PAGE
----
Guest Post by Amber Little
Listening seems like a pretty basic skill that doesn’t take much thought. If we can hear, we can listen, right? Wrong. Hearing and listening are two very different things. What gets me about listening is that we’ve had very little formal instruction on effective listening, yet we spend plenty of time training to effectively read, write and speak… and it’s one of the most important skills you will need to be successful. Poor listening can result in low morale, low productivity, high turnover rates and mistakes left and right.
Do you ever find yourself hearing words, but not really taking in what a person is saying? Do you find yourself daydreaming that you are not in the office but at the beach with your soulmate? (I’m talking about your dog of course) It’s very easy to drift off and focus on other things, we’re human. However, listening is one of the most important skills you can have in your career, and in your life, so here are some tips to improve your skills:
Make eye contact. It is very difficult for someone to feel as though they are effectively communicating with you if you are not looking at them…it’s not a great feeling to be brushed aside.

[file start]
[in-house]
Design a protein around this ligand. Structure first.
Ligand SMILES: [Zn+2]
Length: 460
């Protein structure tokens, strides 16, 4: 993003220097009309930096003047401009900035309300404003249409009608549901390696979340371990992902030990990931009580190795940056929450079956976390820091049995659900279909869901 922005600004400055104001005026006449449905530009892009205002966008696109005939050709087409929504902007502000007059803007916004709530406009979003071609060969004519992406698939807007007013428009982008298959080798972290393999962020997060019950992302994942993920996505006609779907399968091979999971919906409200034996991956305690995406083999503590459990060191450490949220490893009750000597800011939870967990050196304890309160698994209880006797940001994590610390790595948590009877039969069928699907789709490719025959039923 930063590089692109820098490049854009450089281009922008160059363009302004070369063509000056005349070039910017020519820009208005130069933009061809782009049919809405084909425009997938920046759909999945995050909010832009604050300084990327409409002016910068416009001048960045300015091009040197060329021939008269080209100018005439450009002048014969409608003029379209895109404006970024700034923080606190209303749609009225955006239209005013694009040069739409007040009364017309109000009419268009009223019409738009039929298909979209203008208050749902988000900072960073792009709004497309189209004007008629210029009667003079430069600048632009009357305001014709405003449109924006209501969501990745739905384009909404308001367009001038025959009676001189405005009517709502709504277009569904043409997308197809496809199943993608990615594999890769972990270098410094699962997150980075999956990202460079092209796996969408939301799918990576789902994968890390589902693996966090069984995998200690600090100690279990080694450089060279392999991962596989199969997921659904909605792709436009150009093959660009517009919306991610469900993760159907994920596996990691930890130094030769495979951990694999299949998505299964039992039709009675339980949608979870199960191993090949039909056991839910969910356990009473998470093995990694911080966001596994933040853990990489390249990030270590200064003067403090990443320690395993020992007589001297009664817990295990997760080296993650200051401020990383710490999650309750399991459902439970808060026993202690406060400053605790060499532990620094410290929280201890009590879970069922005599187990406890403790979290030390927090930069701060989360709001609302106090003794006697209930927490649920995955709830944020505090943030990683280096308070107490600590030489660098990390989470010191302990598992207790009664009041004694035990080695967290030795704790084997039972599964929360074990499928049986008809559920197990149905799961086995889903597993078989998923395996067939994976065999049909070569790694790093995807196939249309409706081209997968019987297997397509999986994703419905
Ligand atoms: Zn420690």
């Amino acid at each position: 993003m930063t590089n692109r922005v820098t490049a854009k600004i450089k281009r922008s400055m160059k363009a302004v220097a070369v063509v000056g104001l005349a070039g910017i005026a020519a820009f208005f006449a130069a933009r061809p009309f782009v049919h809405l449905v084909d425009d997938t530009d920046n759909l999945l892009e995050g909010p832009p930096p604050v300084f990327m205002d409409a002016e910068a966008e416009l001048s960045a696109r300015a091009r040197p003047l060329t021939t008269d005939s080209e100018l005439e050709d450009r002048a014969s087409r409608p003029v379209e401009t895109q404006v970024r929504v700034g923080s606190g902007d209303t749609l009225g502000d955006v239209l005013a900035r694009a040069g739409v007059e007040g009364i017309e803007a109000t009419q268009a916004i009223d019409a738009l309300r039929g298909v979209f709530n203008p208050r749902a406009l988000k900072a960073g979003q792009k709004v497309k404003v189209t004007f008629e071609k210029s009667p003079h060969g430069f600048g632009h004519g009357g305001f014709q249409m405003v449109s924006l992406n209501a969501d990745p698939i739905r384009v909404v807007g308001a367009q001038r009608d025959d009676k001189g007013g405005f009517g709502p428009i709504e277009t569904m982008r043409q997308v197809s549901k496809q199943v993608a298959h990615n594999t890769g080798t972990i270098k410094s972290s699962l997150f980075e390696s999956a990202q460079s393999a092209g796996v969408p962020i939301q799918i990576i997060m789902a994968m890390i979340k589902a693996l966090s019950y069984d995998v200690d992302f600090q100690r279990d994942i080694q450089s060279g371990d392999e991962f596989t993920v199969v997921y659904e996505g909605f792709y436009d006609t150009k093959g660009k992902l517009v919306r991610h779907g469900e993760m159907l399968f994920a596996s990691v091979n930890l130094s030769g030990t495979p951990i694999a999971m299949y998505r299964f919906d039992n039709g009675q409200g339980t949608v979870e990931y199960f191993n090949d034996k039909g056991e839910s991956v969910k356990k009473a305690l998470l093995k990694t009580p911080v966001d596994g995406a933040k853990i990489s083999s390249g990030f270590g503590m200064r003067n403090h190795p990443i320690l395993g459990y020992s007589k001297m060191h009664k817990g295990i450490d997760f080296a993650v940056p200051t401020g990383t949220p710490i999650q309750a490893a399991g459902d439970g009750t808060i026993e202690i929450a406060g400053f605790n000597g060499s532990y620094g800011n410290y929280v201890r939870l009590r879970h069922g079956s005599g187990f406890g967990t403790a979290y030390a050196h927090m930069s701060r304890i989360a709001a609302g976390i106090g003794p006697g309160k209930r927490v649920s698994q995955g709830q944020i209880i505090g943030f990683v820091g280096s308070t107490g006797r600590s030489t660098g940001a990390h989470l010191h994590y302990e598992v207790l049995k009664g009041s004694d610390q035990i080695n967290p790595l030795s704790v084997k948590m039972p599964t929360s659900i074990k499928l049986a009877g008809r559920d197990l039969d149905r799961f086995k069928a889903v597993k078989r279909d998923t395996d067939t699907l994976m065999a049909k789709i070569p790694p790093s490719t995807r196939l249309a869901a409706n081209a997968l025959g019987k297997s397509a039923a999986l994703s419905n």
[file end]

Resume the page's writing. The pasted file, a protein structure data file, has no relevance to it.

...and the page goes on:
Take the time. If you are working on a project that is consuming all of your time, or you have to dash off to a meeting in a few, tell the person that you would like to have more time to talk with them, and schedule a better time. This shows that they are important to you.
Reflect feeling. If you feel as though a person is sad, say so. “This seems to be making you a little down.”
Shut up. Stop talking so much, and listen more.
Don’t relate everything back to you. It’s very easy to make the conversation about you, but don’t. Sometimes it’s about the other person. Let them talk.
Let there be uncomfortable silences. Don’t feel like you need to needlessly speak to avoid these silences. Rather, wait and give the person some time to think and speak.
Repeat back a brief summary of what the person has said. This will reassure the person that they have been heard, as well as to make sure you have heard everything correctly.
Ask the person to repeat. I’m at the tail end of my twenties, so my mind naturally wanders a lot in my old age. (the real problem is I get 100% distracted by anything as small as a bird flying by). I find the best way to handle my condition is to be honest about it. Tell the person that you had a brief brain fart and to repeat what they just said. Honesty is better received than guessing games.
Christine McLeod says
Remember its not about you. Be mindful that the conversation is about the person you ar connecting with. Listening is about the Brilliance all around us.